More than 100 days have passed since the disappearance of Malaysia Airlines Flight 370 with no trace of wreckage—but the most likely spot has yet to be searched, according to the satellite firm that tracked the flight's route through satellite "pings." Inmarsat says that after signals that turned out to be a false lead were detected, the search was diverted away from the area in the southern Indian Ocean its scientists say is the "hotspot" where the aircraft probably went down.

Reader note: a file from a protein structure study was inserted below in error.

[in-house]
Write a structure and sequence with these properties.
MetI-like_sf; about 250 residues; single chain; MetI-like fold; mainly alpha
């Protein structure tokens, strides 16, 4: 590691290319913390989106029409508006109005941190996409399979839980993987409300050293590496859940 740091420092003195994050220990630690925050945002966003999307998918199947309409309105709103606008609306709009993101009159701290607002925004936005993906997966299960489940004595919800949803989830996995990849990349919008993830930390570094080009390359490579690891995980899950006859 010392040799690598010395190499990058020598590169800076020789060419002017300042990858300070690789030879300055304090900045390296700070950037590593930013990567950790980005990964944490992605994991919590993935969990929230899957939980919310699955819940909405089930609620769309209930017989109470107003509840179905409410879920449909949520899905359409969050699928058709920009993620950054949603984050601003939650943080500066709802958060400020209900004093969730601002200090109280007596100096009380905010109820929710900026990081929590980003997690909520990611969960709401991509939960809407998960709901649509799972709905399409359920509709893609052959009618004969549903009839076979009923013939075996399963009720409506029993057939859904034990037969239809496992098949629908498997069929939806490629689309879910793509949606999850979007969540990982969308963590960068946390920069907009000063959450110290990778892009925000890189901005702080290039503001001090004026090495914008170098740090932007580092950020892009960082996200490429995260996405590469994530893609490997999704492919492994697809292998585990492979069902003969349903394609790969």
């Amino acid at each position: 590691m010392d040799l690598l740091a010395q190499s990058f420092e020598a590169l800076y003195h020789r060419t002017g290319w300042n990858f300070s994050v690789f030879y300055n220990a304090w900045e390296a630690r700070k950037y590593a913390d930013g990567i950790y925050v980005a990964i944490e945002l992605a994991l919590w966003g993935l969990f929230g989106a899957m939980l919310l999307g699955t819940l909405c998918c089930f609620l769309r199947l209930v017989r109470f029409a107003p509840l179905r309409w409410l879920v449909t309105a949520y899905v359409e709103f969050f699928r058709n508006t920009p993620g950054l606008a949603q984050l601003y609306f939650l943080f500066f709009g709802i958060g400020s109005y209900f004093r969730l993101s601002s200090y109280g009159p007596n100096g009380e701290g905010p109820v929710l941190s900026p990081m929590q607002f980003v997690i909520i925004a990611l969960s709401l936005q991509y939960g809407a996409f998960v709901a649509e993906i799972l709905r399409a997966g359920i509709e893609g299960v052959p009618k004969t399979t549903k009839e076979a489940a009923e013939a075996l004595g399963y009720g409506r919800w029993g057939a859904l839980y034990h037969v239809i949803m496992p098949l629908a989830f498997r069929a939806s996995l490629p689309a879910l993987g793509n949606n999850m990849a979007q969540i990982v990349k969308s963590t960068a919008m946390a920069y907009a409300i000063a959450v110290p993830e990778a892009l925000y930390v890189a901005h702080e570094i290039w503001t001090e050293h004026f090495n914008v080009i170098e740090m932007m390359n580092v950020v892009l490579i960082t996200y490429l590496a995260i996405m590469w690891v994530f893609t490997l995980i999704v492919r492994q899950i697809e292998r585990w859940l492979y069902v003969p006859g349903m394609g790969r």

"It was by no means an unrealistic location, but it was further to the northeast than our area of highest probability," an Inmarsat exec tells the BBC. The search is currently on hold while ships map the Indian Ocean floor, but Inmarsat's "hotspot" will be a priority when it resumes. With no trace of the plane, many relatives of the 239 people on board are finding it impossible to move on and still cling to hopes that their loved ones will somehow be found alive, the AP finds. "It may be my fantasy, but what if one day he sends some distress signals and he gets saved, and that will be the end of this?" says a 28-year-old woman in Beijing who quit her job and rarely leaves her home after her husband disappeared on the flight.